Other trips


Other trips can be accessed by clicking the following links:

2013
Iceland, Finland, Estonia, Russia, Mongolia, China, Thailand, Cambodia and South Korea

2014
Germany, Poland, Austria, Hungary, Czech Republic, Romania, Bulgaria, Turkey, Israel, Jordan and Copenhagen

2015
Hawaii, Australia, Indonesia, Singapore, Vietnam, Laos, Myanmar, Malaysia, Nepal, India and England

2016
Latvia, Lithuania, Ukraine, Slovenia, Serbia, Bosnia, Croatia, Montenegro, Kosovo, Macedonia, Albania, Greece, Egypt, Bahrain, Qatar, Oman, Ethiopia, Kenya, S. Africa, Zimbabwe, UAE and Denmark

Wednesday, September 24, 2014

Transylvania's Dracula & Bear Sanctuary on 9/20

Last Saturday, the 20th, we went on an 8 hour day trip to see 2 castles and monasteries each around Brasov led by local guide and hostel owner, Gabriel, that I had arranged back in the spring. We were thus surprised, when Gabriel picked us up at the Black Church, that there was another couple already in the car.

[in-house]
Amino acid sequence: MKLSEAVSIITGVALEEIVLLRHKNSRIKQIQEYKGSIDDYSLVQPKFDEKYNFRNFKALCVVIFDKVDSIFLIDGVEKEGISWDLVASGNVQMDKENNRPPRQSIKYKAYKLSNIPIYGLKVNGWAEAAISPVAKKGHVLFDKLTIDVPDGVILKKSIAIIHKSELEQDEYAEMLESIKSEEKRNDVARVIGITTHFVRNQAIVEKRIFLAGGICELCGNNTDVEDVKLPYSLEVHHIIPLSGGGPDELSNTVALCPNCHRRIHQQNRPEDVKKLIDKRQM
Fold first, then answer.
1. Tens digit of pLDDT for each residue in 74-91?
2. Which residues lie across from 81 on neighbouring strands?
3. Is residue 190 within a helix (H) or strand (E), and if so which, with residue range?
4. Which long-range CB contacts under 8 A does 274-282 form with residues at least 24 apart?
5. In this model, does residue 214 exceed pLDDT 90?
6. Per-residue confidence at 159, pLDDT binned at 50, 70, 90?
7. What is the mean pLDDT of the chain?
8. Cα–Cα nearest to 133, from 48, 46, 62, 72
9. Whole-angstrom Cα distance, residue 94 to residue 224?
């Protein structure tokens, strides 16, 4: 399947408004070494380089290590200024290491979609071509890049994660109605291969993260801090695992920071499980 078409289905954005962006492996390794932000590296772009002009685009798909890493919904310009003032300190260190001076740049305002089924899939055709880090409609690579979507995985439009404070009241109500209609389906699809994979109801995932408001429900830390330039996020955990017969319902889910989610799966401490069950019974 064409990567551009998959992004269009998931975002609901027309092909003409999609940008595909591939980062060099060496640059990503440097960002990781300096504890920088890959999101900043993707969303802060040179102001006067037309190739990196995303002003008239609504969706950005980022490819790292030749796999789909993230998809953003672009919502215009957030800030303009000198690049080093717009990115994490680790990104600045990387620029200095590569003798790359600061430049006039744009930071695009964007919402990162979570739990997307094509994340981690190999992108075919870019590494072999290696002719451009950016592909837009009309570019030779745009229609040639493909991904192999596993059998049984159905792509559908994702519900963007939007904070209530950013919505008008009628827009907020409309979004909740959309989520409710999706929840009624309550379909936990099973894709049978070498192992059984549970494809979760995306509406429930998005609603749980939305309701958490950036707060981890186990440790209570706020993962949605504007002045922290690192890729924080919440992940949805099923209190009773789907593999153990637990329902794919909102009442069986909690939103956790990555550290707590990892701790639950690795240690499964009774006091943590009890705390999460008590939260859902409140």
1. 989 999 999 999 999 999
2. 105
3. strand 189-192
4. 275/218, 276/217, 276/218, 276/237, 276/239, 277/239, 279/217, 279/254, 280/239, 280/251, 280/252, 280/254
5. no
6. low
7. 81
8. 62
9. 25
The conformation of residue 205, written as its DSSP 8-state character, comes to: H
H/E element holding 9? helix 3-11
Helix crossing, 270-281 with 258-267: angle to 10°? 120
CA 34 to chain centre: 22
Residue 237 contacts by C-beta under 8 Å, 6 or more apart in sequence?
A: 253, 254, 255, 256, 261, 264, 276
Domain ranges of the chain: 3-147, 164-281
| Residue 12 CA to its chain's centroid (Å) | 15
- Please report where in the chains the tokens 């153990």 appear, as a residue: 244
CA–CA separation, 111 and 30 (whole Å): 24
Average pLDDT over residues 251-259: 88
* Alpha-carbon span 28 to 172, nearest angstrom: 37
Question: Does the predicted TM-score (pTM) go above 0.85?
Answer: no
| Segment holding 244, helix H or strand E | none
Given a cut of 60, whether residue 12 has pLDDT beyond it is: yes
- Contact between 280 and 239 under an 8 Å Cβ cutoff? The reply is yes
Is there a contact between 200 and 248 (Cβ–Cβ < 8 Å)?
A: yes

It turned out that Julia and Marcus, a 5th medical student and a chemical engineering/business student respectively from Rostock in northern Germany, who were staying at Gabriel’s hostel wanted to come too. They wanted to stop first in Zarnesti, close to an hour from Brasov, to visit Libearty, a bear sanctuary founded in 2005. I think both Steven and I were surprised to find out from Julia, who had spent a year of high school in a small town in southern Illinois as an exchange student, that there are NO bears in Germany

They could hardly believe me when I mentioned that since we live so close to the mountains, that it’s not at all infrequent that we read or hear about bears being found in one of the nearby mountain towns foraging for garbage or even where we live in the Denver suburbs. We arrived at the sanctuary when it opened up at 9 and were somewhat shell shocked to learn the admission fee was 80 lei, or about $28, for both of us to go on its mandatory guided tour. That has been by far the steepest admission fee we've had to pay the whole trip or at least since the great museums in Berlin.
After watching a short film about the history of and need for the 69 hectare sanctuary containing XX bears, a few wolves and lots of stray dogs, our 90 minute tour began.


The wooden tags marked the date each bear was brought to the sanctuary, most of them after being rescued from circuses.
This particular bear kept going around and around in circles nonstop as he had been penned in a tiny cage before coming to the sanctuary. How profoundly disturbing to watch him.